industry insider | Jan 10, 2020 |
Billy Cotton launches his debut rug collection with Scott Group Studio

Billy Cotton was never itching to do a textile collection. “It’s just not what I was trained to do,” says the Brooklyn-based designer whose multi-disciplinary firm includes architecture, interior design, and furniture, lighting and product design. Additionally, he found the breadth of offerings in the rug category to be a little daunting. So, when Scott Group Studio approached him about collaborating on a line of rugs, he was skeptical. His interest was piqued after learning that the rugs were all made in Grand Rapids, Michigan, where the company is headquartered. “It was so interesting to me that their product was all made in America,” he says. Intrigued, Cotton made the trip to see the factory and meet the team. “I was blown away,” he says. “I felt like they could educate me on the process and get me to a point where I could really bring my voice to it.”

The collection was a first for both parties—the first licensed line from Cotton, who was recently named creative director of Ralph Lauren Home, and the first designer collaboration for Scott Group Studio. The inspiration behind the rugs, which feature six individual styles, ranges from tortoise shell patterns and Asian influences to the work of early-20th-century architect Josef Hoffmann. “I always go into every opportunity feeling like it might be my last,” says Cotton. “It’s like, well, if I’m going to do this, I want to design every great carpet I’ve ever been inspired by.”

The Hibiscus rug from Billy Cotton's collection with Scott Group Studio.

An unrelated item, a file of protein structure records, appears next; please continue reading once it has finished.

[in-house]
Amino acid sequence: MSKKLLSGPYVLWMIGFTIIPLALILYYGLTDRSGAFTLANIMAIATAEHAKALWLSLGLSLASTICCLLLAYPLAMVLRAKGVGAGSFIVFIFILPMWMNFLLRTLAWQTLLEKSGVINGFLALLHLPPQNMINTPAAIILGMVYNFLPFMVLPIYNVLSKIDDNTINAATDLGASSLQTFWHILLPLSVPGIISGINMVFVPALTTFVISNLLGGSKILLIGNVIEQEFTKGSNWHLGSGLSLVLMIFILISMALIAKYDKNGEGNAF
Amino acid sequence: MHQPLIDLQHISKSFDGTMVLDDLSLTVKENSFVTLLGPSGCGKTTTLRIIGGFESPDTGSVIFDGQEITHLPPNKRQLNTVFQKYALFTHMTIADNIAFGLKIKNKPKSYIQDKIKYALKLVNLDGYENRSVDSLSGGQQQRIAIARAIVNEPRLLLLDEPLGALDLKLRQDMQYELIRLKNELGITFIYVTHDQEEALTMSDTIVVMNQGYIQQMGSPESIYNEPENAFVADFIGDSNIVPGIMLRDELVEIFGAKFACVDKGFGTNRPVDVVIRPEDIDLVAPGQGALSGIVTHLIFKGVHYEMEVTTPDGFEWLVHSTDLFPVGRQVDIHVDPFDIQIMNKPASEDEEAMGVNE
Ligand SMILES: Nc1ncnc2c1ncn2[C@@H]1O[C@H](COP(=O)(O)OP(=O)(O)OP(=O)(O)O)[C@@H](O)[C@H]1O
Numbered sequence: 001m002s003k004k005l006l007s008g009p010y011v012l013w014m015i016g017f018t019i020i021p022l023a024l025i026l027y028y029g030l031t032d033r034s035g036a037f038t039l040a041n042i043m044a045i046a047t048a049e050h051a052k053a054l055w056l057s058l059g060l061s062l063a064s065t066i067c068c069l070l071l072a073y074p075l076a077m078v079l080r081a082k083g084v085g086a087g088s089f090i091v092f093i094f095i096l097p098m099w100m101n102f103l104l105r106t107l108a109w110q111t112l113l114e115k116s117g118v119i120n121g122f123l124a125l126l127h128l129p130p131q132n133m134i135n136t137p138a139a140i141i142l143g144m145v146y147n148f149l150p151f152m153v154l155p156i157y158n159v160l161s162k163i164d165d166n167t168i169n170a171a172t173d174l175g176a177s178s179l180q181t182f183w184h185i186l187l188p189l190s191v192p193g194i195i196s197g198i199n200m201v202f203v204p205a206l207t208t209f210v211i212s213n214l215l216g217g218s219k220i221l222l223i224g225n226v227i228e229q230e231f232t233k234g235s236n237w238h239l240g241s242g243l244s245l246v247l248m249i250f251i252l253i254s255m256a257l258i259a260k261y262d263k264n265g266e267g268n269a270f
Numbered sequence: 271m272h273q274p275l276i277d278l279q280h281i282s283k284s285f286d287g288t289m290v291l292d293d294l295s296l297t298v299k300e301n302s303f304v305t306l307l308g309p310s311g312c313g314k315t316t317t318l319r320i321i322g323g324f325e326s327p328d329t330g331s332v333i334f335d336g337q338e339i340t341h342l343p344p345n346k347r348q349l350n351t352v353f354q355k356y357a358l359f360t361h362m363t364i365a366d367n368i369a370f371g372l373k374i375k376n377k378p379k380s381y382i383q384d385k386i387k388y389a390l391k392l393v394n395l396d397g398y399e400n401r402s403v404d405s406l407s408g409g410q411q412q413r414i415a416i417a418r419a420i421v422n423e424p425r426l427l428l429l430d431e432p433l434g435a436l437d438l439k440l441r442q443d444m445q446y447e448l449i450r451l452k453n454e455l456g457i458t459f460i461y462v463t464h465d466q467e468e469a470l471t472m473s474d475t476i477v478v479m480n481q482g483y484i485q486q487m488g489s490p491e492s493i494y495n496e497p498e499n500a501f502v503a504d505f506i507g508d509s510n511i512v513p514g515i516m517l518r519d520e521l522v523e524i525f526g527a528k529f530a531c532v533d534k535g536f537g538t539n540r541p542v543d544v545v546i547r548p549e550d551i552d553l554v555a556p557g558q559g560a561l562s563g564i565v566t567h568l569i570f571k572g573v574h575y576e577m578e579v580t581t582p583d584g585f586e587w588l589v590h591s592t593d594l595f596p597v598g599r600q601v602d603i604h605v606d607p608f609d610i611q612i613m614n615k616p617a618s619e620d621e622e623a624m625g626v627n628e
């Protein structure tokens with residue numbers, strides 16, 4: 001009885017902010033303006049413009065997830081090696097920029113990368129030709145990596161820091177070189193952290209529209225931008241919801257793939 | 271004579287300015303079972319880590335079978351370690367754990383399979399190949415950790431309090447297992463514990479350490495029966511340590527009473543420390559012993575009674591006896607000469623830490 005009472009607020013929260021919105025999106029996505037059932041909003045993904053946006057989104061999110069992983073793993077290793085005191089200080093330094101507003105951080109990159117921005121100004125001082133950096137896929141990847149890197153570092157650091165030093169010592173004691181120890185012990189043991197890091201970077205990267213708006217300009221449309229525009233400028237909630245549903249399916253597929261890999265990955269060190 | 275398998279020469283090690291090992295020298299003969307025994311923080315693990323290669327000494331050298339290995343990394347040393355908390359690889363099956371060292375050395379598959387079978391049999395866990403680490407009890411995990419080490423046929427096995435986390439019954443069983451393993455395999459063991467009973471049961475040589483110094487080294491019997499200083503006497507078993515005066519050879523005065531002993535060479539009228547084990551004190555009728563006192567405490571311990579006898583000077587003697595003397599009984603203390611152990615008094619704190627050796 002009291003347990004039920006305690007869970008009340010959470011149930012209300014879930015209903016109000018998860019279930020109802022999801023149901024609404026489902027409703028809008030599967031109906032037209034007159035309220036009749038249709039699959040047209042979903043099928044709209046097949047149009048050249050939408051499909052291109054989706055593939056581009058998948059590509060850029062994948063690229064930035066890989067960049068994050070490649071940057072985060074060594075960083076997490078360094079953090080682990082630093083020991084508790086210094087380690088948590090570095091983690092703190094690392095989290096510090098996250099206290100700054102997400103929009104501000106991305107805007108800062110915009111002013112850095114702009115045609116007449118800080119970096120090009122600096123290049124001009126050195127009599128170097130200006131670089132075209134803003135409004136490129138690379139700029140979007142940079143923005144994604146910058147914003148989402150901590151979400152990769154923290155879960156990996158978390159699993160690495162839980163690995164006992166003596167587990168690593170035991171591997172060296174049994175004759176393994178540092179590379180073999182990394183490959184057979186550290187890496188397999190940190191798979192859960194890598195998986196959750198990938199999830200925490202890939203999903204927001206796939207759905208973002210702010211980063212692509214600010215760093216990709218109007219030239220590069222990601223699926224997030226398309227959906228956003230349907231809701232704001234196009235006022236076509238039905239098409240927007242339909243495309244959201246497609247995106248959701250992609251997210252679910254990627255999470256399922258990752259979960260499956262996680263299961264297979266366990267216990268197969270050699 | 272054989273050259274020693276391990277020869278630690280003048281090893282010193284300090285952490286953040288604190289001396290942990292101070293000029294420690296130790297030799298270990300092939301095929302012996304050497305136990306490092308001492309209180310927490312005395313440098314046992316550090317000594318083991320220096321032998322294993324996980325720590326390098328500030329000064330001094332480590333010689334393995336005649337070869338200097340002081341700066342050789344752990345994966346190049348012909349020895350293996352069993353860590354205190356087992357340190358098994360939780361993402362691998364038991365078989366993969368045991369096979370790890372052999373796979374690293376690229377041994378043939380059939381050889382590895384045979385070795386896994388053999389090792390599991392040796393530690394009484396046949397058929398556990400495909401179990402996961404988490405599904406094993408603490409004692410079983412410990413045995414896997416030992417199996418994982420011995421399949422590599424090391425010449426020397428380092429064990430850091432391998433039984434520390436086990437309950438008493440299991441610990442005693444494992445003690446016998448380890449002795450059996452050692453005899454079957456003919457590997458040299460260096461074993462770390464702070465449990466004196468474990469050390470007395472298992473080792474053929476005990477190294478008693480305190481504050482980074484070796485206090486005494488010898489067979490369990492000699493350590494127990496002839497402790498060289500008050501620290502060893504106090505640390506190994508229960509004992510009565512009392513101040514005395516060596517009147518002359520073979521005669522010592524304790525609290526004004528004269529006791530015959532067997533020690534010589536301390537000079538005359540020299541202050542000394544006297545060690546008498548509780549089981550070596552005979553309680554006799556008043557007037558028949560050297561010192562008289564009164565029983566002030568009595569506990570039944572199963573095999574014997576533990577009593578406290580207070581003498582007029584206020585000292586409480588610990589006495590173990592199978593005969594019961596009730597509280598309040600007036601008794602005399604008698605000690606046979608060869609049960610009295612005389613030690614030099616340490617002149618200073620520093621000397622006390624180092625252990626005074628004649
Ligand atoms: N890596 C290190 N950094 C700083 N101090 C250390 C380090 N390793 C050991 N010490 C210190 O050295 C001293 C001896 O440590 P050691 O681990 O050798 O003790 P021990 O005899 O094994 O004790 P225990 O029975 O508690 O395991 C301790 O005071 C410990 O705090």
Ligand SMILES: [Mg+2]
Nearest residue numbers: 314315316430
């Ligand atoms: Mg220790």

The Hibiscus rug from Billy Cotton’s collection with Scott Group StudioCourtesy of Scott Group Studio

Having been hesitant to get into textiles in the first place, Cotton spent a lot of time educating himself on the construction of hand-tufted carpets. “I really learned about how the dyeing and loop process could be modified,” he says. He used his newfound knowledge to play with the materials on offer. In Tracery, a grid-patterned rug inspired by both Hoffmann and the Bauhaus movement, Cotton used a mix of wool, cashmere and silk to give the seemingly simple geometric rug layers of depth. “Instead of just applying pattern to something, we created pattern through the construction.”

When asked how he’s juggling the rollout of a new collection, the transition into his role at Ralph Lauren and the ongoing work at his own firm, Cotton laughs before crediting transcendental meditation and a tea called PG Tips. “It’s super strong—it’s what long-haul truck drivers in England drink,” he says. “That’s how it’s all working.”

He goes on: “It’s a tricky moment right now, but also an amazing one, and I’m so passionate about this collection. I hope that it brings a new voice to the market and shows a different perspective on things that we’ve seen before and highlights Scott Group Studio, which is an incredible American company.”

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